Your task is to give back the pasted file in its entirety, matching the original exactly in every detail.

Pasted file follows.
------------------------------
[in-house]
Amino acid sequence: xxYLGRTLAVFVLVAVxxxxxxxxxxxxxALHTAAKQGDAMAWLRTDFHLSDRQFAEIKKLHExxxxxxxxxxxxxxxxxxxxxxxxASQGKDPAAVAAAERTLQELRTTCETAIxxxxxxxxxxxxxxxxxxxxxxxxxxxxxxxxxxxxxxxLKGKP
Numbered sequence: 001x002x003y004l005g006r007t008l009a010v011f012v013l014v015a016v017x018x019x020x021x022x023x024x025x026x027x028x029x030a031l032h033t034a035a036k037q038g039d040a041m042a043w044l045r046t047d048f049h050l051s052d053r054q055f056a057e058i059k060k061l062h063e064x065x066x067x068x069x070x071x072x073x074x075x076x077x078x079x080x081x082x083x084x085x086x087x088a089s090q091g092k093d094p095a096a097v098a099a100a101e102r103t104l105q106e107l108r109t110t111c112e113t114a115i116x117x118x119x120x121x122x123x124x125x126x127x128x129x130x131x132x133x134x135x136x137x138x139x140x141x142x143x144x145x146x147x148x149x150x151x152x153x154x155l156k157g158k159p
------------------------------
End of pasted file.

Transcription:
[in-house]
Amino acid sequence: xxYLGRTLAVFVLVAVxxxxxxxxxxxxxALHTAAKQGDAMAWLRTDFHLSDRQFAEIKKLHExxxxxxxxxxxxxxxxxxxxxxxxASQGKDPAAVAAAERTLQELRTTCETAIxxxxxxxxxxxxxxxxxxxxxxxxxxxxxxxxxxxxxxxLKGKP
Numbered sequence: 001x002x003y004l005g006r007t008l009a010v011f012v013l014v015a016v017x018x019x020x021x022x023x024x025x026x027x028x029x030a031l032h033t034a035a036k037q038g039d040a041m042a043w044l045r046t047d048f049h050l051s052d053r054q055f056a057e058i059k060k061l062h063e064x065x066x067x068x069x070x071x072x073x074x075x076x077x078x079x080x081x082x083x084x085x086x087x088a089s090q091g092k093d094p095a096a097v098a099a100a101e102r103t104l105q106e107l108r109t110t111c112e113t114a115i116x117x118x119x120x121x122x123x124x125x126x127x128x129x130x131x132x133x134x135x136x137x138x139x140x141x142x143x144x145x146x147x148x149x150x151x152x153x154x155l156k157g158k159p